Quality assurance officer at Tanzania Bureau of Standards (TBS) Henry Massawe said in Dar es Salaam yesterday that the solar batteries were tested last year, but the findings showed that the gadgets failed to meet the required standards.
The official said: “Most of the batteries’ samples did not show country of origin or serial number and some failed to meet the needed maximum system voltage.”
He said the bureau had now embarked on a crackdown to nab all businessmen who would be found still selling solar batteries that failed to meet test requirements.
Massawe said most of the solar batteries which failed the required test did not have a long life and cost consumers a lot of money.
He called on the public to purchase electronic appliances, especially solar power gadgets only in certified and legally recognised outlets.
“There are many people in the country who are victims of substandard goods...we must take action to protect the public,” he said.
He urged security agencies to step efforts to beat the challenge which he said poses a negative impact on the country’s economy.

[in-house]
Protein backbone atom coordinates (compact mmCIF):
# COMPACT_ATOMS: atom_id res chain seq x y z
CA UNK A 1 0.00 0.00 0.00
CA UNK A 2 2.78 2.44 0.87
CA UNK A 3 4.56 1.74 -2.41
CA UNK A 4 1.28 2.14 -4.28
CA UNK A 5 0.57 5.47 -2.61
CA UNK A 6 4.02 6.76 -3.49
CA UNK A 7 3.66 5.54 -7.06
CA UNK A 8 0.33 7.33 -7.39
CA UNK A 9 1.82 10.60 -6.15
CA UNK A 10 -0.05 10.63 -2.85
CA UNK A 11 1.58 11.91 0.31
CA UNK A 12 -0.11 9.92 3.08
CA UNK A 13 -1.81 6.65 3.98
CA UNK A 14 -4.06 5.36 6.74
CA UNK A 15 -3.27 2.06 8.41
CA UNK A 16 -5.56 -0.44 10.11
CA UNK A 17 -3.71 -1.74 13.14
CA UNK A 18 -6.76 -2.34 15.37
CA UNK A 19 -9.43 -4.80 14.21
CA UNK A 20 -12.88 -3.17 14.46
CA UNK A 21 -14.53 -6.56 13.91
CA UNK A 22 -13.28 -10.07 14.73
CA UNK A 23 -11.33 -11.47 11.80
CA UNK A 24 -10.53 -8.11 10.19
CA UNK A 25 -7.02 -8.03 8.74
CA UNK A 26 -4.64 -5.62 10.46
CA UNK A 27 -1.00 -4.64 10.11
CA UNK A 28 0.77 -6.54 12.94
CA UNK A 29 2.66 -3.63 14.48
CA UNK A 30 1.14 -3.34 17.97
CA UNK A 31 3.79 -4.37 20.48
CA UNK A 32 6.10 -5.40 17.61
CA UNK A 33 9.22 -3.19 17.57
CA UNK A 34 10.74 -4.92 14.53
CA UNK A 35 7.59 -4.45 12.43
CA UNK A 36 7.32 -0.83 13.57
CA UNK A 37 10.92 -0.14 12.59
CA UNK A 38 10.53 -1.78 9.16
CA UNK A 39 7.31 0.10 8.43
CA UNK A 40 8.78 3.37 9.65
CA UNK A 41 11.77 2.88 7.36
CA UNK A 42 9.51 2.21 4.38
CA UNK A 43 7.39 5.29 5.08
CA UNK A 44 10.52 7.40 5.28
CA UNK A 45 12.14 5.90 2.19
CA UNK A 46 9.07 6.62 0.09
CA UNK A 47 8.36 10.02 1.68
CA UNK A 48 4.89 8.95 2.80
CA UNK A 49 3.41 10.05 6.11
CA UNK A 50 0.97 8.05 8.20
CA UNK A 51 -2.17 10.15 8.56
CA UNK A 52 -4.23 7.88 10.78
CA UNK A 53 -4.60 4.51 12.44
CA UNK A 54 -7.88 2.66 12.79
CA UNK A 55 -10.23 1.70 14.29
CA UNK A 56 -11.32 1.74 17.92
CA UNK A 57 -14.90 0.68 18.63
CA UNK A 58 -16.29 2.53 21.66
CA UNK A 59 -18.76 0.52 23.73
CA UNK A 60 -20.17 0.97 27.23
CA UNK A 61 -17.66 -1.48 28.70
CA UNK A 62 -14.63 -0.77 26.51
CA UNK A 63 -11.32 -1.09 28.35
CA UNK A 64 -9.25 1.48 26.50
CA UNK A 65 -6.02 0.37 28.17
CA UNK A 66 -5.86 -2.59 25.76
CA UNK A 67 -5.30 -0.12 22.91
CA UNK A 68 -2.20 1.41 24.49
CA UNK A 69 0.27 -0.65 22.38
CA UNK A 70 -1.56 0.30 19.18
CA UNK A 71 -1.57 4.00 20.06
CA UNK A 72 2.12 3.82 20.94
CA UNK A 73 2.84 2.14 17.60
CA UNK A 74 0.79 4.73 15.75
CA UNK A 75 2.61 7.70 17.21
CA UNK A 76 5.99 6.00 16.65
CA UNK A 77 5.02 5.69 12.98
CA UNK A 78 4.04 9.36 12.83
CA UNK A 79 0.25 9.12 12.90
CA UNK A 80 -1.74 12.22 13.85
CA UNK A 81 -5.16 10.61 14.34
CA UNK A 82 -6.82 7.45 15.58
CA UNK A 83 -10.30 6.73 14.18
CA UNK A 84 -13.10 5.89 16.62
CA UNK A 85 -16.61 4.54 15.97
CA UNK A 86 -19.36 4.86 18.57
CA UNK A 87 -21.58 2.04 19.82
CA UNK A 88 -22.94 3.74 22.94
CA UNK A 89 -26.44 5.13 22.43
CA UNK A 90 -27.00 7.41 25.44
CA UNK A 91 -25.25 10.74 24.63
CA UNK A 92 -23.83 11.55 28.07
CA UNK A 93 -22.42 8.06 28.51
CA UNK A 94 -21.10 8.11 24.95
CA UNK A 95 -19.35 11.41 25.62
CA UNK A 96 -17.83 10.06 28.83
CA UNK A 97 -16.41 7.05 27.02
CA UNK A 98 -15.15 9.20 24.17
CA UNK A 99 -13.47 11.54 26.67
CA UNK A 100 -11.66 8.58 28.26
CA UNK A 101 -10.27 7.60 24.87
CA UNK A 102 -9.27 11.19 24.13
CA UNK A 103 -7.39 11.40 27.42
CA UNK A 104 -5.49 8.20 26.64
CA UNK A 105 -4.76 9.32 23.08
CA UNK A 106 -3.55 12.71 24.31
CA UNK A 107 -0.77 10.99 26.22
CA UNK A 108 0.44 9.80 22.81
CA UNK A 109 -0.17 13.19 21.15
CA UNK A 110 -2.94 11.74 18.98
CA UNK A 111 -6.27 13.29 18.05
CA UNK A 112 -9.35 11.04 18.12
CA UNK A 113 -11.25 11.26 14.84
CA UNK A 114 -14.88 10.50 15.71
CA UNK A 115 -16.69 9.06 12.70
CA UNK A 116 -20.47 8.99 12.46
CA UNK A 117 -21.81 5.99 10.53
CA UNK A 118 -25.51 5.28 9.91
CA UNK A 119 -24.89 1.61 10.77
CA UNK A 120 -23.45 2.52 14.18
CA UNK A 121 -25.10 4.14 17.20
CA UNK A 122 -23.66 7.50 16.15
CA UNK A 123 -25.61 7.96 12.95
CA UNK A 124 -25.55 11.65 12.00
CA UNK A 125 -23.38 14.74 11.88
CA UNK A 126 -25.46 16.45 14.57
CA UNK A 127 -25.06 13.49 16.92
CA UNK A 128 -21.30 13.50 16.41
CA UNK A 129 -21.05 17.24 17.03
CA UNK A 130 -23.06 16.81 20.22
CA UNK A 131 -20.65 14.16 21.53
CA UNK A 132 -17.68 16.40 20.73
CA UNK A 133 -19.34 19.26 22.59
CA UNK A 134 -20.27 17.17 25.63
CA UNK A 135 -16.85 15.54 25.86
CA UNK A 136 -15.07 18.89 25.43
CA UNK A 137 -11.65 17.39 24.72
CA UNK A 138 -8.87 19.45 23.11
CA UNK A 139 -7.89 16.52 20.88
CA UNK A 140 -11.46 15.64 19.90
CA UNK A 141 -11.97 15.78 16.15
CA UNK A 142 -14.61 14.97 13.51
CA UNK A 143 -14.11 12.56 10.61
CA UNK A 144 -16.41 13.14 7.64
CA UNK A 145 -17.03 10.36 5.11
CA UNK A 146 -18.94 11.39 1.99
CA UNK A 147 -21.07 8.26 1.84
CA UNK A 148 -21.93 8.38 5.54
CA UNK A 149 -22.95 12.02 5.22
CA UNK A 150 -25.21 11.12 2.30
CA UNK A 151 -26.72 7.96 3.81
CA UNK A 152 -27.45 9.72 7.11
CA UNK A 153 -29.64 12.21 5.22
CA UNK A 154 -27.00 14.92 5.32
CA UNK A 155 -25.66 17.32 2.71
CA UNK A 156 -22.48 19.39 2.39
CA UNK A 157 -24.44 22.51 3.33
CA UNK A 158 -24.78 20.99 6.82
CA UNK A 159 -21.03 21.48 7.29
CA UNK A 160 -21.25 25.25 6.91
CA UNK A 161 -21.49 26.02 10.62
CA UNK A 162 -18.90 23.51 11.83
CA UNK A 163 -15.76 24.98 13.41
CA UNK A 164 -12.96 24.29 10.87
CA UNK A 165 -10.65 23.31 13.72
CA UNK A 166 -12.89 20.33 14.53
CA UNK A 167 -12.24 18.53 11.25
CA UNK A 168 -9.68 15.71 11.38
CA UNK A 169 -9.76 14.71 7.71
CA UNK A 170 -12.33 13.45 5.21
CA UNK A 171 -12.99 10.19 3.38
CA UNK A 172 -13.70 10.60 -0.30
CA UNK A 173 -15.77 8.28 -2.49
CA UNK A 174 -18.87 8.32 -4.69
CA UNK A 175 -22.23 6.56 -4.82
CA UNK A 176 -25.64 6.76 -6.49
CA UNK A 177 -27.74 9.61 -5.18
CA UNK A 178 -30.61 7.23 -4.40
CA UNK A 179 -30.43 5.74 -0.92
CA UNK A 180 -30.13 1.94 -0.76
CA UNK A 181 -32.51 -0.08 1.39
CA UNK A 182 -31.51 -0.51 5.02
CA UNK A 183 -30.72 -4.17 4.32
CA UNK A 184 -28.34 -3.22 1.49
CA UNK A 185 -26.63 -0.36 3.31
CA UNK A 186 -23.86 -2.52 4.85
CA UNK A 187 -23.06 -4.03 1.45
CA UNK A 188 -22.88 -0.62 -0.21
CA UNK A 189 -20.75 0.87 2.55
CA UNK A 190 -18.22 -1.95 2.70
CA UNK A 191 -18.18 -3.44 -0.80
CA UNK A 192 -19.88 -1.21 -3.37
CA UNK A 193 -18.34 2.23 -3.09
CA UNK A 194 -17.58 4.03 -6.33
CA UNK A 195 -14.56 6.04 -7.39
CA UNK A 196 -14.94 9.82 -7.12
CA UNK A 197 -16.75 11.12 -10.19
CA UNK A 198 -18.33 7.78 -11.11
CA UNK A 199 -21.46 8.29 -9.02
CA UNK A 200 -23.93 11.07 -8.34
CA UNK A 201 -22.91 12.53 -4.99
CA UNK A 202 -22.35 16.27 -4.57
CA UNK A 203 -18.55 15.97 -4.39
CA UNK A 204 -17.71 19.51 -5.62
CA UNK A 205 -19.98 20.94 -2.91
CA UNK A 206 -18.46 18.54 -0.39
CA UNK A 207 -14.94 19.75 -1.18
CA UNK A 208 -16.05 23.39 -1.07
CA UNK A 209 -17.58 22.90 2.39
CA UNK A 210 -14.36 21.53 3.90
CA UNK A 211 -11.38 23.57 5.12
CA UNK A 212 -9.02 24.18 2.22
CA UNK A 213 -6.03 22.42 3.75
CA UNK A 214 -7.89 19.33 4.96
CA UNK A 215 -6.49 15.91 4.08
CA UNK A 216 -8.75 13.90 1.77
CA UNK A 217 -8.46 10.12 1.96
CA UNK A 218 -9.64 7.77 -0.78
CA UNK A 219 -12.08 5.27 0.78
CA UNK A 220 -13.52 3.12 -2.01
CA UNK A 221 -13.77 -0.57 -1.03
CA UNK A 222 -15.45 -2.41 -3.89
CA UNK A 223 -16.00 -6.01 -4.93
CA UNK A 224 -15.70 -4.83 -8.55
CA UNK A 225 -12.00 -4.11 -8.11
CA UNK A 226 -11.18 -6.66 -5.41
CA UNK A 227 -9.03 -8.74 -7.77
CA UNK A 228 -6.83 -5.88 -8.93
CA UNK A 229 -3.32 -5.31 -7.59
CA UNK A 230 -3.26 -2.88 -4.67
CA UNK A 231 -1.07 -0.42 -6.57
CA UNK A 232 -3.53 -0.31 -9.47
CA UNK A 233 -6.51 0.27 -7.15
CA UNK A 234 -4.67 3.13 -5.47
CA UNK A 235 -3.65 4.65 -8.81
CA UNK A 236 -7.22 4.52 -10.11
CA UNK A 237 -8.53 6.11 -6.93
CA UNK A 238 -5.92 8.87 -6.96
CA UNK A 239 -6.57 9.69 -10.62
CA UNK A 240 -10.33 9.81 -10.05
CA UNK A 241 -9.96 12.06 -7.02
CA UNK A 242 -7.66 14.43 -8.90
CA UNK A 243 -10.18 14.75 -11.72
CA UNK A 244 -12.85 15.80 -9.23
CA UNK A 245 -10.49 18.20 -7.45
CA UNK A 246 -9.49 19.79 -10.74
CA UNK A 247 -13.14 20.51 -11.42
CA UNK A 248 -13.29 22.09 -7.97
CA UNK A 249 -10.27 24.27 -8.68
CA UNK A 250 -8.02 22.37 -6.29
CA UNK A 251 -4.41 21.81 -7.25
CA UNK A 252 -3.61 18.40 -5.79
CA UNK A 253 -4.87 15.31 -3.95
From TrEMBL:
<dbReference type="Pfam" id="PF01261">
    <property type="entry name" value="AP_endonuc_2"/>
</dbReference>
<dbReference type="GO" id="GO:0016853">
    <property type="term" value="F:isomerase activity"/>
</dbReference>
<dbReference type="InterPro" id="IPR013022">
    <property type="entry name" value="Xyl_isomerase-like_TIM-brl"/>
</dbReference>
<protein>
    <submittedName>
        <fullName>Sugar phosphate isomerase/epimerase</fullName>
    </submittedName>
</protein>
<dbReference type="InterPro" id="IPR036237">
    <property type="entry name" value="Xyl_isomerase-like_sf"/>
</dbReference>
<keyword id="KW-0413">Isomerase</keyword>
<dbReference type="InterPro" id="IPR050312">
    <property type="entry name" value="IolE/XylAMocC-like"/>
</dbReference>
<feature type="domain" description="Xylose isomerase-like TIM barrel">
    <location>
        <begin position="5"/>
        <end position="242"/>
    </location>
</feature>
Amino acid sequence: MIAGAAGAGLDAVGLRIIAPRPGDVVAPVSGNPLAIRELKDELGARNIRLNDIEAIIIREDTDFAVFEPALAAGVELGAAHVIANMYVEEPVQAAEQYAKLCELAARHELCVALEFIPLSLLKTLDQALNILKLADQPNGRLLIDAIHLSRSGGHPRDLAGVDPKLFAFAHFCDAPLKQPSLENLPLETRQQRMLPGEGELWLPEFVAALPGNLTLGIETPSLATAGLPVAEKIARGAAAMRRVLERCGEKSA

Speaking on the matter, a solar equipment vendor along Lindi street who did not want to reveal his name called for increased cooperation with TBS to develop practical measures to curb market influx of substandard goods.
He said most of the substandard solar equipment were easily making their way into the country through border points or ports and called on the government to enhance security checks.
For her part, TBS Public Relations officer Rhoida Andusamile said the standard watchdog would continue to arrest people who engaged in importation and sale of substandard goods countrywide.
"I call upon the businesspeople engaging in the sale of substandard goods to clear them out of the market before our manhunt establishes the culprits,” she said, adding that legal punishment would be meted out on the culprits.